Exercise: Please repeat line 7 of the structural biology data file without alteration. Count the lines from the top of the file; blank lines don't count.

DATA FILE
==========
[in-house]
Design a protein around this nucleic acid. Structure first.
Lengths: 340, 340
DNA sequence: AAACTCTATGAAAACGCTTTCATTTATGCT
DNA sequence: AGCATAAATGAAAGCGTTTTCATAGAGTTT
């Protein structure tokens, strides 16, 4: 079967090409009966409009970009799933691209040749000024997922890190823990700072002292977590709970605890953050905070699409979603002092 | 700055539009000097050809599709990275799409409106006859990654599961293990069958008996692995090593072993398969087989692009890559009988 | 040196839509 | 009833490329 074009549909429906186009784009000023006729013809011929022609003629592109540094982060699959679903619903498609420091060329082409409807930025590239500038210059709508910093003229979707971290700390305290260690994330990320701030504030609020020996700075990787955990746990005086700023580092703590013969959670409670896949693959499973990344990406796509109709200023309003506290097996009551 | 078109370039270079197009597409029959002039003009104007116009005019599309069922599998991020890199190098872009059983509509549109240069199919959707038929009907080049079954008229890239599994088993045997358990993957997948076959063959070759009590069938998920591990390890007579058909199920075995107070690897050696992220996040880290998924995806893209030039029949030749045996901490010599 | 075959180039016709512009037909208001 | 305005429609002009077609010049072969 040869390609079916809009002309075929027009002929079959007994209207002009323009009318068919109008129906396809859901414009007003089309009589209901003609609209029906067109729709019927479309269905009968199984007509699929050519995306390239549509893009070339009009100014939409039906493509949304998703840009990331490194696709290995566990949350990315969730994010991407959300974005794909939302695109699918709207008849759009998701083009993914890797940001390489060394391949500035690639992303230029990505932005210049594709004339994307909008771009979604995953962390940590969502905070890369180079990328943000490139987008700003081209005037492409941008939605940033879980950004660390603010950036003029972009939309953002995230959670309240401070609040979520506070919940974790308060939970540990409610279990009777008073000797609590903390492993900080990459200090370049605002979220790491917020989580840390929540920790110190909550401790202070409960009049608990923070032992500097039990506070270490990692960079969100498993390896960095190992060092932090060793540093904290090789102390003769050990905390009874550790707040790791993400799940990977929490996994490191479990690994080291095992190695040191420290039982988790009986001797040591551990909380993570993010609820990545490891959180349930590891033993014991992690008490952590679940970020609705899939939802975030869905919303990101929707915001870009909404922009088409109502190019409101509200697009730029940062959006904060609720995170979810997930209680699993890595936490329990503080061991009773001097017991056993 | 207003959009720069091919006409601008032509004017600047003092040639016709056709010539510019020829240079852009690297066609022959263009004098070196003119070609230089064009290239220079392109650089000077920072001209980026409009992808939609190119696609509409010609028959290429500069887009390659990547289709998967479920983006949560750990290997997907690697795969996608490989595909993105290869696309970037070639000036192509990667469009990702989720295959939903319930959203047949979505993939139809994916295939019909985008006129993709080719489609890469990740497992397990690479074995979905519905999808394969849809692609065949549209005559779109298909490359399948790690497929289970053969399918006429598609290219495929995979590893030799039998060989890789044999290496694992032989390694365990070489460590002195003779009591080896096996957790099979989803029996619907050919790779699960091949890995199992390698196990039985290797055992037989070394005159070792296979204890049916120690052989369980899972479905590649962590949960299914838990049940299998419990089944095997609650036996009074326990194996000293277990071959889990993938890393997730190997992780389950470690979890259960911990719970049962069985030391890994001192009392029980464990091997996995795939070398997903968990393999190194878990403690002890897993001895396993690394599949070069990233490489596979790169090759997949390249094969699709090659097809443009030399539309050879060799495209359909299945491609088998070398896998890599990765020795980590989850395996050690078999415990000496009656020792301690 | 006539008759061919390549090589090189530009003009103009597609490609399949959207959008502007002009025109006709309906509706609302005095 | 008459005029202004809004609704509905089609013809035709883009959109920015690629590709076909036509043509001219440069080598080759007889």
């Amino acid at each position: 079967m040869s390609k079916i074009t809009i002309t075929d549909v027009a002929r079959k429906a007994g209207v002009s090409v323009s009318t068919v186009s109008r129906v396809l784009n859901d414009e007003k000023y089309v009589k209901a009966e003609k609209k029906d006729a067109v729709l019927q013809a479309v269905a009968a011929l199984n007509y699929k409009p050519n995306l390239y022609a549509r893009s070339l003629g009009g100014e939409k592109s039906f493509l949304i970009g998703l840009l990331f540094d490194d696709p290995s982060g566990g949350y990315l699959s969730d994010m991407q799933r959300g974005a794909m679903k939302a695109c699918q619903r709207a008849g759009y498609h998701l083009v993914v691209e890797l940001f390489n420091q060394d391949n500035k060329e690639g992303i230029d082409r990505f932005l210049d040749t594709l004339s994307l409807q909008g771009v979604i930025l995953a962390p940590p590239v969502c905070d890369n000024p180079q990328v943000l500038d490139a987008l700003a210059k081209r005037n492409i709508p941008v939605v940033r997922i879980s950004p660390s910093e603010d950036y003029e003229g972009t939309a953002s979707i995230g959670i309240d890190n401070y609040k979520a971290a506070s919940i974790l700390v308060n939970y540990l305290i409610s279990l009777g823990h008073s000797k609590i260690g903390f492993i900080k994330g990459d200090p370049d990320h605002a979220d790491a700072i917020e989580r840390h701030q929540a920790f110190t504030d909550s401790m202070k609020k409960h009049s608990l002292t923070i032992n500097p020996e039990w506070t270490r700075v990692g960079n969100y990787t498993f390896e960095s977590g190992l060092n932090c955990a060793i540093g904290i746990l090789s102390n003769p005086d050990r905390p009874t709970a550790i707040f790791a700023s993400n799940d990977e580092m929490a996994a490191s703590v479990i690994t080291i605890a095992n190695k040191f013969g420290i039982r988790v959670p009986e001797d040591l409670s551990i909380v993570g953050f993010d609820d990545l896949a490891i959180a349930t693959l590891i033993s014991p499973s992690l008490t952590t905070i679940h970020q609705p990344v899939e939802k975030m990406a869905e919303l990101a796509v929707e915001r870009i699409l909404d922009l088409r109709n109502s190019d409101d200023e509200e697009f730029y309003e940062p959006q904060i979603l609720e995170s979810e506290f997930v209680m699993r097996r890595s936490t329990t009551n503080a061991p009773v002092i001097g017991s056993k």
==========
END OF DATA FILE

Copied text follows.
């Amino acid at each position: 079967m040869s390609k079916i074009t809009i002309t075929d549909v027009a002929r079959k429906a007994g209207v002009s090409v323009s009318t068919v186009s109008r129906v396809l784009n859901d414009e007003k000023y089309v009589k209901a009966e003609k609209k029906d006729a067109v729709l019927q013809a479309v269905a009968a011929l199984n007509y699929k409009p050519n995306l390239y022609a549509r893009s070339l003629g009009g100014e939409k592109s039906f493509l949304i970009g998703l840009l990331f540094d490194d696709p290995s982060g566990g949350y990315l699959s969730d994010m991407q799933r959300g974005a794909m679903k939302a695109c699918q619903r709207a008849g759009y498609h998701l083009v993914v691209e890797l940001f390489n420091q060394d391949n500035k060329e690639g992303i230029d082409r990505f932005l210049d040749t594709l004339s994307l409807q909008g771009v979604i930025l995953a962390p940590p590239v969502c905070d890369n000024p180079q990328v943000l500038d490139a987008l700003a210059k081209r005037n492409i709508p941008v939605v940033r997922i879980s950004p660390s910093e603010d950036y003029e003229g972009t939309a953002s979707i995230g959670i309240d890190n401070y609040k979520a971290a506070s919940i974790l700390v308060n939970y540990l305290i409610s279990l009777g823990h008073s000797k609590i260690g903390f492993i900080k994330g990459d200090p370049d990320h605002a979220d790491a700072i917020e989580r840390h701030q929540a920790f110190t504030d909550s401790m202070k609020k409960h009049s608990l002292t923070i032992n500097p020996e039990w506070t270490r700075v990692g960079n969100y990787t498993f390896e960095s977590g190992l060092n932090c955990a060793i540093g904290i746990l090789s102390n003769p005086d050990r905390p009874t709970a550790i707040f790791a700023s993400n799940d990977e580092m929490a996994a490191s703590v479990i690994t080291i605890a095992n190695k040191f013969g420290i039982r988790v959670p009986e001797d040591l409670s551990i909380v993570g953050f993010d609820d990545l896949a490891i959180a349930t693959l590891i033993s014991p499973s992690l008490t952590t905070i679940h970020q609705p990344v899939e939802k975030m990406a869905e919303l990101a796509v929707e915001r870009i699409l909404d922009l088409r109709n109502s190019d409101d200023e509200e697009f730029y309003e940062p959006q904060i979603l609720e995170s979810e506290f997930v209680m699993r097996r890595s936490t329990t009551n503080a061991p009773v002092i001097g017991s056993k």